Long-Term Efficacy and Safety of Dapagliflozin for Type 1 Diabetes

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The results from this full 52-week study of dapagliflozin in T1D consist of a 24-week double-blind short-term period plus a 28-week extension period with blinded subjects and study sites.
The results from this full 52-week study of dapagliflozin in T1D consist of a 24-week double-blind short-term period plus a 28-week extension period with blinded subjects and study sites.

According to study results published in Diabetes Care, patients who received 52 weeks of dapagliflozin, a sodium-glucose cotransporter-2 inhibitor, for type 1 diabetes (T1D) had significant improvements in glycemic control and weight loss but were more likely to experience diabetic ketoacidosis than patients receiving placebo.

To determine the efficacy and safety of dapagliflozin, researchers conducted a multicenter, placebo-controlled phase 3 trial in which 833 patients with inadequately controlled T1D were randomly assigned to receive either 5 mg or 10 mg of dapagliflozin or placebo for 1 year.

To measure efficacy, patients were assessed for changes in glycated hemoglobin (HbA1c) from baseline to 52 weeks, as well as percentage change from baseline in daily insulin dose and body weight. The 5-mg group had an adjusted mean change in HbA1c levels of -0.27% (average HbA1c at 52 weeks, 8.2%), compared with -0.31% in the 10-mg group (8.2%) and 0.06% in the placebo group (8.5%). Likewise, patients receiving the 5-mg dapagliflozin dose lost on average 2.95% more body weight than patients in the placebo group and patients in the 10-mg group lost 4.54% more. Compared with the placebo group, total insulin dose/day decreased in both the 5-mg and 10-mg dapagliflozin treatment groups by week 2 and remained lower throughout the course of the study.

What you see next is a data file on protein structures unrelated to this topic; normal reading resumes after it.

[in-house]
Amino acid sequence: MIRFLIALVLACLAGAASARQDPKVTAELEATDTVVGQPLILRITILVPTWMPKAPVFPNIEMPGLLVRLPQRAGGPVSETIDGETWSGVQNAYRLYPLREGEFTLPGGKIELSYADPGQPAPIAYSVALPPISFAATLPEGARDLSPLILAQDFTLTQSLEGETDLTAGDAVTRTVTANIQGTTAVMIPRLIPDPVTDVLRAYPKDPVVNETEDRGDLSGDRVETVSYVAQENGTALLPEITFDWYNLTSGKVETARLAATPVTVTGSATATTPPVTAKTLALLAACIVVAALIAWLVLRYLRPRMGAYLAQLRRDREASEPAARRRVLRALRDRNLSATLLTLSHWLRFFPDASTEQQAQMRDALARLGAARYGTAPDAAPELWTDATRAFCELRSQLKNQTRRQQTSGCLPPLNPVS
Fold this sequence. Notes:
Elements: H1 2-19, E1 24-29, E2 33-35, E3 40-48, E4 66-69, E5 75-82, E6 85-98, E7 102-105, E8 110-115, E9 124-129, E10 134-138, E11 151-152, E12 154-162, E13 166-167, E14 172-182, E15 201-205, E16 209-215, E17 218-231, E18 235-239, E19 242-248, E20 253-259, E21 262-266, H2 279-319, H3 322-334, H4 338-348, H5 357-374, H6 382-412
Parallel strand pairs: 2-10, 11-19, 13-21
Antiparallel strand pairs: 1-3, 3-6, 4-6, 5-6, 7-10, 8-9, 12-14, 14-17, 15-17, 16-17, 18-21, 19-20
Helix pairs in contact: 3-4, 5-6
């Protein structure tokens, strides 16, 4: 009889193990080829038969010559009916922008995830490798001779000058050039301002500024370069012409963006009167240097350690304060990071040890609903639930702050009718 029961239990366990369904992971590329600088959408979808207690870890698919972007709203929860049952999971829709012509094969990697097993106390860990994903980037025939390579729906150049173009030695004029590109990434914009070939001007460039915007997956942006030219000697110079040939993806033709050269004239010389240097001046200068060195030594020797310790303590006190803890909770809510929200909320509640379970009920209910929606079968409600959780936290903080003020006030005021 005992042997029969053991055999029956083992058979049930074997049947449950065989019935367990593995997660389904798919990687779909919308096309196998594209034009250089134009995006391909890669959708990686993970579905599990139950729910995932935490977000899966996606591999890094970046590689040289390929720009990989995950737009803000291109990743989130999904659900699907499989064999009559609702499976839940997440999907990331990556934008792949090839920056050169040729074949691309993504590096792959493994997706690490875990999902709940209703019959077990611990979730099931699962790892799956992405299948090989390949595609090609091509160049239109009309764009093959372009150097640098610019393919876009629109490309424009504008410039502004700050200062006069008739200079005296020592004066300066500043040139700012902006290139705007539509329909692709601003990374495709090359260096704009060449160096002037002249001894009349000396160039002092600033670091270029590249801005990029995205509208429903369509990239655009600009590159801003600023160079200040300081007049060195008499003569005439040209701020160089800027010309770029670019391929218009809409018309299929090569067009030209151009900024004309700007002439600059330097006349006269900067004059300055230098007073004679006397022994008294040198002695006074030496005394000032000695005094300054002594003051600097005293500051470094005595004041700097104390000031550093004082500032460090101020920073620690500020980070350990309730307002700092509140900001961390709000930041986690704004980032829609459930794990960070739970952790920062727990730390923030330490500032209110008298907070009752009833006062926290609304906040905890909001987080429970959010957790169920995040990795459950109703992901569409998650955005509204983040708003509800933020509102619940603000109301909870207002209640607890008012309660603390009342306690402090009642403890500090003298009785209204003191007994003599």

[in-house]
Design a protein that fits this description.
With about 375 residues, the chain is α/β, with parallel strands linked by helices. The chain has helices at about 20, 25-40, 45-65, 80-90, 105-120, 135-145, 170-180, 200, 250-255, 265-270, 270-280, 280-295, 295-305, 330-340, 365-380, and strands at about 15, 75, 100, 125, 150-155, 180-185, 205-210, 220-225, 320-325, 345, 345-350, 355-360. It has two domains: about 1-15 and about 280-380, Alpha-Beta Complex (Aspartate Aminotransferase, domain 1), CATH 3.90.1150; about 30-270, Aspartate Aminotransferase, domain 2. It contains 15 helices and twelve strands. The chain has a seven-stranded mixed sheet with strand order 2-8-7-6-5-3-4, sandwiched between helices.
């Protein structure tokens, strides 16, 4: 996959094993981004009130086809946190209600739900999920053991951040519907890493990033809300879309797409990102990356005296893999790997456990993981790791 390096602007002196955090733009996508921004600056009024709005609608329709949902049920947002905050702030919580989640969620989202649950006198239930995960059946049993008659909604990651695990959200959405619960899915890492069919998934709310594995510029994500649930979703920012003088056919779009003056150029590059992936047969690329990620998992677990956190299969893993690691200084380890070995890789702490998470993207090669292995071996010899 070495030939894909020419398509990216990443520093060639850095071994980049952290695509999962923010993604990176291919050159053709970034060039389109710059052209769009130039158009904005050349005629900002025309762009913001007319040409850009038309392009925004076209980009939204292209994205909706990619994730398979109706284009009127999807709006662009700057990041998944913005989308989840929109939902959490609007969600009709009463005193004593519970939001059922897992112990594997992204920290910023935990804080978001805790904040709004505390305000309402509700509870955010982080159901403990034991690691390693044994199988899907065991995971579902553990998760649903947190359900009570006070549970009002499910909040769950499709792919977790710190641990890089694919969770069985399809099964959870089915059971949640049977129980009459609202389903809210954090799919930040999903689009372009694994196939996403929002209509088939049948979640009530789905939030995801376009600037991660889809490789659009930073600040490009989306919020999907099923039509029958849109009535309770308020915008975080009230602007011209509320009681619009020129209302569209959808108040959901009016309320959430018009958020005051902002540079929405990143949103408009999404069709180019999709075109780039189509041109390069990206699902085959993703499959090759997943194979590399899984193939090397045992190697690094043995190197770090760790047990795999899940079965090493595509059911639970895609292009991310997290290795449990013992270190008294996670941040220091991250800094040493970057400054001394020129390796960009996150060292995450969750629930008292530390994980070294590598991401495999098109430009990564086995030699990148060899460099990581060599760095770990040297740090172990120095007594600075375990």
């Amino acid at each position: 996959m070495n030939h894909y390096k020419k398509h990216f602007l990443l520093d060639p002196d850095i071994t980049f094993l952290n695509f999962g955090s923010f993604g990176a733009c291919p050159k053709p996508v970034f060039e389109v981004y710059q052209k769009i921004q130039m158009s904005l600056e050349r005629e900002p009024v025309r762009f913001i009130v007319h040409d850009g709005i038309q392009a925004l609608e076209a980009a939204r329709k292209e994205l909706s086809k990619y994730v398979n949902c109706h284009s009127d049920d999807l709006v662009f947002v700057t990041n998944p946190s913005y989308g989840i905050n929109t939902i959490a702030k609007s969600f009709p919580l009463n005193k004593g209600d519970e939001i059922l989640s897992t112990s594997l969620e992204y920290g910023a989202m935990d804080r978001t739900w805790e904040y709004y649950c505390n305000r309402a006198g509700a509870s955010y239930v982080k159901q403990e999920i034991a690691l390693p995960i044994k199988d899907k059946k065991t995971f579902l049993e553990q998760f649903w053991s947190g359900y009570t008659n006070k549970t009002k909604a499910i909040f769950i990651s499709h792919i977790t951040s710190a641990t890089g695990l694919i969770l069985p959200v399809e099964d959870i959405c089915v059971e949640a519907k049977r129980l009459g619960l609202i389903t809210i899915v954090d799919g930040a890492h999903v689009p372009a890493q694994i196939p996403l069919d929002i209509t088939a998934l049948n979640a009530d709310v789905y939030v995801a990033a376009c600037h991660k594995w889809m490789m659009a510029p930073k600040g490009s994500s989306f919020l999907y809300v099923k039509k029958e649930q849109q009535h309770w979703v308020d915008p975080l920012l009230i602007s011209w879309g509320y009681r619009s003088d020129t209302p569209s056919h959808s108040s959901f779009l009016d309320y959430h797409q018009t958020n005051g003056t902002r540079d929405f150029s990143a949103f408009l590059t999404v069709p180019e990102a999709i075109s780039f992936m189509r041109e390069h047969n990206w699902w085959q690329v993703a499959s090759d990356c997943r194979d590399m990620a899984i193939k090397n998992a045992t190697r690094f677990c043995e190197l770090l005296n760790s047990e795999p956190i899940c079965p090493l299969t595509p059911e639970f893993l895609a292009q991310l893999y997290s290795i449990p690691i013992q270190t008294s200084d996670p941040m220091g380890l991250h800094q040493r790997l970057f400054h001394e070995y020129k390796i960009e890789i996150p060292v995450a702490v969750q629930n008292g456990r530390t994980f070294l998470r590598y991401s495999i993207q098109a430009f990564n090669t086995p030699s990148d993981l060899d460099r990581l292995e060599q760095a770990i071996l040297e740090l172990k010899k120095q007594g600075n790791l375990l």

The researchers reported no significant changes in vital signs and electrocardiogram data in any group at 52 weeks. However, 13.4% of patients in the 5-mg group reported experiencing serious adverse events compared with 13.5% in the 10-mg group and 11.5% in the placebo group.

Hypoglycemia events occurred at a similar rate in all groups, but diabetic ketoacidosis was significantly more common in the 5-mg and 10-mg dapagliflozin groups than the placebo group (4% and 3.4% vs 1.9%, respectively). However, the researchers reported that all events of diabetic ketoacidosis were successfully managed with standard care.

The researchers noted limitations to their study, including that insulin was not titrated using a protocol-mandated algorithm, which could prevent the full potential of dapagliflozin for glycemic control.

According to the researchers, dapagliflozin “was well tolerated and led to a clinically relevant improvement in glycemic control and weight loss, without additional risk for hypoglycemia and with a reduction in daily insulin dose which helps to resolve major problems around metabolic control in type 1 diabetes.”

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Reference

Dandona P, Mathieu C, Phillip M, et al. Efficacy and safety of dapagliflozin in patients with inadequately controlled type 1 diabetes: the DEPICT-1 52-week study [published online October 23, 2018]. Diabetes Care. doi:10.2337/dc18-1087

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